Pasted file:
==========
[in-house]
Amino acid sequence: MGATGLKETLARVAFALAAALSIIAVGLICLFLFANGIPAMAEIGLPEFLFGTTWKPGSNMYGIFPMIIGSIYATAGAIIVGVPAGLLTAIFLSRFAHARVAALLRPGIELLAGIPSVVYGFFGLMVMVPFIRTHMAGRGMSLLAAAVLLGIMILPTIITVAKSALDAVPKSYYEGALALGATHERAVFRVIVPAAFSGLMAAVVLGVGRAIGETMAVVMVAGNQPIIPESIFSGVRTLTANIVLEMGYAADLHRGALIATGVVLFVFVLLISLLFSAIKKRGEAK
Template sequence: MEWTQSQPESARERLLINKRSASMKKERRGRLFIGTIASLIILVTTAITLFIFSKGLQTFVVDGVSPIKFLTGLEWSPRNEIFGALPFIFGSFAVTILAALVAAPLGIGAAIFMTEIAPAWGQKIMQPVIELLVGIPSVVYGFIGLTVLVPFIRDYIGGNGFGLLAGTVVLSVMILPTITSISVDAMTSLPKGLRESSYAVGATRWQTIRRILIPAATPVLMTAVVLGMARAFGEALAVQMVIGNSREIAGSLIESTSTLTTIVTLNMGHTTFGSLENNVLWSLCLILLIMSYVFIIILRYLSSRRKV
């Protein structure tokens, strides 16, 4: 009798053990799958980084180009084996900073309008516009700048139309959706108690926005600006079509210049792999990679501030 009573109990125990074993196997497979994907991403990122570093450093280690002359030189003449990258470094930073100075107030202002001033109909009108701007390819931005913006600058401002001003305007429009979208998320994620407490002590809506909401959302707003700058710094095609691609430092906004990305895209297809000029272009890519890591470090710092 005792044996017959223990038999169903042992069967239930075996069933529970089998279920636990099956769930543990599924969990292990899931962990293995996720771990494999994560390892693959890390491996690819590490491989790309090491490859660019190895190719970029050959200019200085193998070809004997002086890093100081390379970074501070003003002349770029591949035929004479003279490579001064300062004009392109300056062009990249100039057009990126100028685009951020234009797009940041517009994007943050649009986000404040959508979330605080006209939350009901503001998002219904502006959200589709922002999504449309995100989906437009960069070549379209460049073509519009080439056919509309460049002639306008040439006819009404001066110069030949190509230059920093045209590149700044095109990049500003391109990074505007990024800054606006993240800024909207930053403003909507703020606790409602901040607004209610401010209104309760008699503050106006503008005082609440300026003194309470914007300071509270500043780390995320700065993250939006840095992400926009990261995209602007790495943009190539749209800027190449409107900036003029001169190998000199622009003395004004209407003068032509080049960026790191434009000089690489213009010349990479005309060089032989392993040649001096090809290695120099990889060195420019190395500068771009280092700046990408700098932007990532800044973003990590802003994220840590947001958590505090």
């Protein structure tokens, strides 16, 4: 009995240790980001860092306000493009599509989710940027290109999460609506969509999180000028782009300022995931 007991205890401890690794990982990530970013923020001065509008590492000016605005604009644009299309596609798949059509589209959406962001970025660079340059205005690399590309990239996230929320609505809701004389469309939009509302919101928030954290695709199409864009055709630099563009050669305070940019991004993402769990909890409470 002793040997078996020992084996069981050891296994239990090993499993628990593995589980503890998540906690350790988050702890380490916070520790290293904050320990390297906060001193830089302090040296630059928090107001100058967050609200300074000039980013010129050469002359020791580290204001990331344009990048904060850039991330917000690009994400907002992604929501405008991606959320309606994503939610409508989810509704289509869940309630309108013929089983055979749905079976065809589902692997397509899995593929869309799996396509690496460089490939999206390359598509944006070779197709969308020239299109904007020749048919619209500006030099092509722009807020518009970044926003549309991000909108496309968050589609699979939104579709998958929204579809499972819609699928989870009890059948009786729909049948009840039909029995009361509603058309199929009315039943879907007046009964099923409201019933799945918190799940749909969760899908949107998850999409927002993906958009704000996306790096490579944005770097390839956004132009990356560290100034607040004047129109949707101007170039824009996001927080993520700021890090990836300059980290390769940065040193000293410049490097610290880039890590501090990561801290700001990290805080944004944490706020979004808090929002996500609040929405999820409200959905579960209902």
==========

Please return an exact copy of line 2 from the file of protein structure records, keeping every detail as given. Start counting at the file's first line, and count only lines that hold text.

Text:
Amino acid sequence: MGATGLKETLARVAFALAAALSIIAVGLICLFLFANGIPAMAEIGLPEFLFGTTWKPGSNMYGIFPMIIGSIYATAGAIIVGVPAGLLTAIFLSRFAHARVAALLRPGIELLAGIPSVVYGFFGLMVMVPFIRTHMAGRGMSLLAAAVLLGIMILPTIITVAKSALDAVPKSYYEGALALGATHERAVFRVIVPAAFSGLMAAVVLGVGRAIGETMAVVMVAGNQPIIPESIFSGVRTLTANIVLEMGYAADLHRGALIATGVVLFVFVLLISLLFSAIKKRGEAK